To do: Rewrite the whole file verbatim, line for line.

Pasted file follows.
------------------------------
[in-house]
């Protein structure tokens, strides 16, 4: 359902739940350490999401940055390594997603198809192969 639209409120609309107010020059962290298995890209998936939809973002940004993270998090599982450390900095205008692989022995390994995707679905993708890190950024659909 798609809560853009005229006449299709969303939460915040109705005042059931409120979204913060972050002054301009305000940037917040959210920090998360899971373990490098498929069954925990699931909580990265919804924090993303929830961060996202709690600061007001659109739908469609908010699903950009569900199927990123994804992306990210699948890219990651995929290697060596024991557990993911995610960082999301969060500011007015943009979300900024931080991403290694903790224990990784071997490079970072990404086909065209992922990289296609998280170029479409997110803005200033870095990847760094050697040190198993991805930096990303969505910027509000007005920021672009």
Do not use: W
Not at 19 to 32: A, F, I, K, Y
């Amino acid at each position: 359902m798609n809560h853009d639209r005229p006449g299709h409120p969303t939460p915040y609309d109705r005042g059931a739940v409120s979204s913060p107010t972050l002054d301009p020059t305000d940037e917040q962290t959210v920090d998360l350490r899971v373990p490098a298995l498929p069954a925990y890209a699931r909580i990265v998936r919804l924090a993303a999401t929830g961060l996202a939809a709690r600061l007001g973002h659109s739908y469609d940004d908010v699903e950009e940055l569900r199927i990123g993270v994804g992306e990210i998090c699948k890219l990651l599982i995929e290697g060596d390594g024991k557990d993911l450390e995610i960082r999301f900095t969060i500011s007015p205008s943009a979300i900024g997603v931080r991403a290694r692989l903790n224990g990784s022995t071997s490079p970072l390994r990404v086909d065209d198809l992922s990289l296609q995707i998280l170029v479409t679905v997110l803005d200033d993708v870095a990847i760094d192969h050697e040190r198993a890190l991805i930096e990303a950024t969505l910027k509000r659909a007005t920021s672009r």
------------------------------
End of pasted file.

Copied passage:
[in-house]
């Protein structure tokens, strides 16, 4: 359902739940350490999401940055390594997603198809192969 639209409120609309107010020059962290298995890209998936939809973002940004993270998090599982450390900095205008692989022995390994995707679905993708890190950024659909 798609809560853009005229006449299709969303939460915040109705005042059931409120979204913060972050002054301009305000940037917040959210920090998360899971373990490098498929069954925990699931909580990265919804924090993303929830961060996202709690600061007001659109739908469609908010699903950009569900199927990123994804992306990210699948890219990651995929290697060596024991557990993911995610960082999301969060500011007015943009979300900024931080991403290694903790224990990784071997490079970072990404086909065209992922990289296609998280170029479409997110803005200033870095990847760094050697040190198993991805930096990303969505910027509000007005920021672009």
Do not use: W
Not at 19 to 32: A, F, I, K, Y
């Amino acid at each position: 359902m798609n809560h853009d639209r005229p006449g299709h409120p969303t939460p915040y609309d109705r005042g059931a739940v409120s979204s913060p107010t972050l002054d301009p020059t305000d940037e917040q962290t959210v920090d998360l350490r899971v373990p490098a298995l498929p069954a925990y890209a699931r909580i990265v998936r919804l924090a993303a999401t929830g961060l996202a939809a709690r600061l007001g973002h659109s739908y469609d940004d908010v699903e950009e940055l569900r199927i990123g993270v994804g992306e990210i998090c699948k890219l990651l599982i995929e290697g060596d390594g024991k557990d993911l450390e995610i960082r999301f900095t969060i500011s007015p205008s943009a979300i900024g997603v931080r991403a290694r692989l903790n224990g990784s022995t071997s490079p970072l390994r990404v086909d065209d198809l992922s990289l296609q995707i998280l170029v479409t679905v997110l803005d200033d993708v870095a990847i760094d192969h050697e040190r198993a890190l991805i930096e990303a950024t969505l910027k509000r659909a007005t920021s672009r």